(1) Please explain, with citations to the record, how construing the limitation “same functions” of claims 13, 27 and 30 of the '528 patent to mean “all of the same functions” would impact the findings on infringement.

    (2) Please explain, with citations to the record, how construing the limitations “personal video recorder device,” “personal video recorder-compliant device,” and “personal video recorder functionality” of claims 13, 27 and 30 of the '528 patent not to require (1) recording to local storage and (2) the automatic recording of programs that users are watching in real-time would impact the findings on infringement and validity.

    (3) Please explain, with citations to the record, how construing the limitation “first interactive television program guide . . . are implemented” of claims 13, 27 and 30 of the '528 patent to “include the components of a system that can manipulate guide data and user inputs to provide an interactive, visual display of media listings and other guidance functions” would impact the findings on infringement.

    (4) Please explain whether (a) the documents provided by SeaChange (RX-0053), (b) the 10/24/02 Baltimore Sun article (RX-60), or (c) Ms. Scilingo's own contemporaneous documents, individually or in combination, are legally sufficient to corroborate Ms. Scilingo's testimony with respect to 35 U.S.C. 102(g). Discuss any relevant case law for each.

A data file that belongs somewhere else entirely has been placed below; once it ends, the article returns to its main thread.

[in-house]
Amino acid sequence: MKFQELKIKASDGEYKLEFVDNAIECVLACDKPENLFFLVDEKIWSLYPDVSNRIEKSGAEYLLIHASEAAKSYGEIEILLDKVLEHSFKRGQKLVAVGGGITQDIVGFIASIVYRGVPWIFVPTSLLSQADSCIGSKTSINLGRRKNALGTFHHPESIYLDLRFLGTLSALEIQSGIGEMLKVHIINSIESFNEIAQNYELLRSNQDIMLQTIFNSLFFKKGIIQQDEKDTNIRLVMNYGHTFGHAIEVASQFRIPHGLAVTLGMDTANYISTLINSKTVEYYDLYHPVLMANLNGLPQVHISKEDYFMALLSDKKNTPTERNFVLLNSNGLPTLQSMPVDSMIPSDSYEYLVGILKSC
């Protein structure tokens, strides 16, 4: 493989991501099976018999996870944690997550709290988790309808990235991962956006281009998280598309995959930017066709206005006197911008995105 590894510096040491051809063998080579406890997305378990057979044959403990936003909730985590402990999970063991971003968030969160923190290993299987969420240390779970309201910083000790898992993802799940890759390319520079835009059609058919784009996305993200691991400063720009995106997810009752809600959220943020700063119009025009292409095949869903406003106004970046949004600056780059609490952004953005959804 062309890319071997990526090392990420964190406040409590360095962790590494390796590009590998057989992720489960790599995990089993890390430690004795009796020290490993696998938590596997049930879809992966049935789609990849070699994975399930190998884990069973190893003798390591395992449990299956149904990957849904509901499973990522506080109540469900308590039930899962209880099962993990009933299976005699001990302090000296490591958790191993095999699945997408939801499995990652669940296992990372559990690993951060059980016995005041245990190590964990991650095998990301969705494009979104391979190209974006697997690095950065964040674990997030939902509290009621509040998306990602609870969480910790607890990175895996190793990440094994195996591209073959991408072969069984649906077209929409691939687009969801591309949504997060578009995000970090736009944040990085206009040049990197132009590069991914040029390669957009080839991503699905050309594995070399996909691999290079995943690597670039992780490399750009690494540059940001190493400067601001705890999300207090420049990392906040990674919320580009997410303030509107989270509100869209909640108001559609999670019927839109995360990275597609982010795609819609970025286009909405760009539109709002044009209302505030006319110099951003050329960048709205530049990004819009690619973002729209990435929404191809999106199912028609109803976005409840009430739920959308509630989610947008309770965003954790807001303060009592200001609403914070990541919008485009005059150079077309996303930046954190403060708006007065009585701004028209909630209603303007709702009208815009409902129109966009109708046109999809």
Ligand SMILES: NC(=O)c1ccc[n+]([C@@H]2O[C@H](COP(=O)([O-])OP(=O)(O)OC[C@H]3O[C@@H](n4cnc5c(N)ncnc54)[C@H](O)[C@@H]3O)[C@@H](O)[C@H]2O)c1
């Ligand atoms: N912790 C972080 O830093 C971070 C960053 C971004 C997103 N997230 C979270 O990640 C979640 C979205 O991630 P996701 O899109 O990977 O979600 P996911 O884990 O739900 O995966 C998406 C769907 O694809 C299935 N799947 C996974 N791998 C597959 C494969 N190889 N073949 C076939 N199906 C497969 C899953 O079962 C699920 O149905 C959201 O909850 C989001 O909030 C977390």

(5) Please address whether the practice in the United States of the method of claim 5 of the ‘445 patent by Comcast's X1 System using an accused set-top box along with other components makes the box an “article that—infringes” under section 337(a)(1)(B), taking into account the nature of the accused product, the combination with other components, and the specific limitations of claim 5. Please support your response with reference to the statutory language, legislative history and Commission and court precedent regarding the scope of section 337.

    (6) With respect to whether there is a violation concerning the ‘445 patent, how should the fact that an article would be an “article that—infringes” based on an importer's indirect infringement (through supply of an imported article to an infringing third party that directly infringes an asserted claim) inform the Commission's consideration of whether the same article is an “article that—infringes” based on the importer's (own) direct infringement?